A Short History of the A.B. Farquhar Company


| March/April 2002



Farquhar portable

A 1922 Farquhar portable, now owned by the Industrial & Agricultural Museum of York, Pa. Once used to run a saw mill, this 100 HP portable was donated to the museum by Fred Rosemiller. Standing with the engine is Pete Adomis, who handles restorations for the museum.

In 1856 a young Arthur Briggs Farquhar went to work for the W.W. Dingee & Co., a small manufacturer of agricultural implements in York, Pa.

Born Sept. 28, 1838, Farquhar was not quite 18 years old at the time. In spite of his young age Farquhar took to the business rapidly, and a brief 18 months after joining the W.W. Dingee & Co. Farquhar informed his employers of his intention to start his own business.

“The firm,” Farquhar wrote in his autobiography, “laughed at my notion that I might start in business, but asked me not to leave for a month. At the end of that month, as I was getting ready to leave, they offered me a partnership.” Farquhar’s skills, it would appear, were needed for the company to stay in business.

After a disastrous fire burned down the factory during the period of the Civil War (the exact date is not known), Farquhar took over all liabilities and assets of the W.W. Dingee & Co., and it was evidently around this time that the company became known as the Pennsylvania Agricultural Works.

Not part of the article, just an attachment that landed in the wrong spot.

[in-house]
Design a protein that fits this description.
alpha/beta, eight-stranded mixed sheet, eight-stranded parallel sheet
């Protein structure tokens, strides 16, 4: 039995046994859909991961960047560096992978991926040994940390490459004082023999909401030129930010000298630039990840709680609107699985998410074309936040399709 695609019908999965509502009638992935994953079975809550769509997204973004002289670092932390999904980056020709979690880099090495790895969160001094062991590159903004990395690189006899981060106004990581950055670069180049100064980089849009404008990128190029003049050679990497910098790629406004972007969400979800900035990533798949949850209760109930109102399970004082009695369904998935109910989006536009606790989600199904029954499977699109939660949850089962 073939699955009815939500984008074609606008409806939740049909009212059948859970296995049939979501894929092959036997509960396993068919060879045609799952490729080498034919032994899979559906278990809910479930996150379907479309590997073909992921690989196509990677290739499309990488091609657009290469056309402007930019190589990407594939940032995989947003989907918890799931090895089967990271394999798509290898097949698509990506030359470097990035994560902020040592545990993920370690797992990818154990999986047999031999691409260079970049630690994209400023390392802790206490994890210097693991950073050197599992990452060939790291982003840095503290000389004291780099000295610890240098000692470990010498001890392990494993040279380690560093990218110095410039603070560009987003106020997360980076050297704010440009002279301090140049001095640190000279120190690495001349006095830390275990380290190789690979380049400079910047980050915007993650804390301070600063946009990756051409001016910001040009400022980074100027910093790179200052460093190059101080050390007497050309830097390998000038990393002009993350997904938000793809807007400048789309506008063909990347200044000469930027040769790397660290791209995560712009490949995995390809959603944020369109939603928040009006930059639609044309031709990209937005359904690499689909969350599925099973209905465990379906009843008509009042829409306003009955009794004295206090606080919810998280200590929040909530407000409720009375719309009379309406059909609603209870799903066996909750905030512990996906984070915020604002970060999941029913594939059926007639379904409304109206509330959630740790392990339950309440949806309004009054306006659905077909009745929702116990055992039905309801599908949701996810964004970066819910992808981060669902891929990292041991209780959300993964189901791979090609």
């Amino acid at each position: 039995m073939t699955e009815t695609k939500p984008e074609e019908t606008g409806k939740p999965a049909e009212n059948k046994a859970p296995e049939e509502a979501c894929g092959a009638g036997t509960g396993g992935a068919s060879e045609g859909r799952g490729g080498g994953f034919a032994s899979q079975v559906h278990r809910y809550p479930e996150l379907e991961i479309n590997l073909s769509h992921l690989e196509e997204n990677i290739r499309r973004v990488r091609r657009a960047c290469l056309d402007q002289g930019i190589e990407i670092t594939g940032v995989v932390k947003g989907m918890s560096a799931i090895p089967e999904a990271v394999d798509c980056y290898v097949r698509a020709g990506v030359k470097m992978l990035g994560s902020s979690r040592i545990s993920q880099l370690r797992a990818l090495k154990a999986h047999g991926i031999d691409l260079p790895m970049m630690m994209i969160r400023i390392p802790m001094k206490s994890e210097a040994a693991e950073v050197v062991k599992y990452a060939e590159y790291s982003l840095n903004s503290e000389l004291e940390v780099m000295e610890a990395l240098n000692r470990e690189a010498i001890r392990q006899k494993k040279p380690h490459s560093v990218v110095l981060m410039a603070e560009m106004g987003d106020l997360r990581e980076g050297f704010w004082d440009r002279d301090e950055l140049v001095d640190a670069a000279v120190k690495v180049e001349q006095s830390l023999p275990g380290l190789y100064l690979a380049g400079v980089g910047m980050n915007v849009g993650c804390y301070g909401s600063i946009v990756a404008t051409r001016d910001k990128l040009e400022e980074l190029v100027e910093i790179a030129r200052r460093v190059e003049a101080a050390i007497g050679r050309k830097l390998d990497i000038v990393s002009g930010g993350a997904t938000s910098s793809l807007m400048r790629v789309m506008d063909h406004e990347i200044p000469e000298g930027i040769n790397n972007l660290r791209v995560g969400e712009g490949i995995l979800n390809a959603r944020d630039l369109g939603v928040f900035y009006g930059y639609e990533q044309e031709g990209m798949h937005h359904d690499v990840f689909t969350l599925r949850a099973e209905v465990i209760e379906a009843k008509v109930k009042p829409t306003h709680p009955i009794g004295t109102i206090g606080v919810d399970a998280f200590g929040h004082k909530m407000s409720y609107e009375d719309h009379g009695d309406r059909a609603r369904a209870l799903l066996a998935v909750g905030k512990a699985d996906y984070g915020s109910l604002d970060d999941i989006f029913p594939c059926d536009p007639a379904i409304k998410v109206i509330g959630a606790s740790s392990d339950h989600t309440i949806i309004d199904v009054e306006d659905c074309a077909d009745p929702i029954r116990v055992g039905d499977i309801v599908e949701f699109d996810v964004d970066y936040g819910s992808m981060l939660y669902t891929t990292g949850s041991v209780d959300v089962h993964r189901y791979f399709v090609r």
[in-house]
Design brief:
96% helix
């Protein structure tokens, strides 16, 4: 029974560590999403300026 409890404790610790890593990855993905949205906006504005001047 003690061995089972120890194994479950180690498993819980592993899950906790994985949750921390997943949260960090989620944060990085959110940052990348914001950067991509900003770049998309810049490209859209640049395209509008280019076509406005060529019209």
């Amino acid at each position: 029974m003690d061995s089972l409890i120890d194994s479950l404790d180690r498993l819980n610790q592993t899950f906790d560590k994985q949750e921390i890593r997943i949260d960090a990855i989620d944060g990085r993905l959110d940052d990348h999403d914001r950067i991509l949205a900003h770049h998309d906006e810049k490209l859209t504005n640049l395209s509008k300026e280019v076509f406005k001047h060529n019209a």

Interestingly, it was not until 1899 that the company was formally incorporated as the A.B. Farquhar Co. Ltd., and evidently only because Farquhar wanted to facilitate the distribution of his estate when the time came.

Born a businessman

From his boyhood days, Farquhar had been interested with the manufacture of agricultural machinery and implements.

He was intimately acquainted with the real needs of farmers and planters, and being a practical mechanic and inventor, as well as a man of rare business capacity, he was peculiarly successful in the production of machines and implements.

His particular abilities enabled him to produce standard agricultural implements and steam traction engines and other special machinery in large quantities and at minimum cost.

Pennsylvania Agricultural Works

The Pennsylvania Agricultural Works covered a number of acres, and embraced machine, engine and boiler shops, a bolt and nut factory, planting and saw mills, foundries for brass and iron forging, shearing and polishing rooms, not to mention warehouses and lumber yards to supply his various enterprises.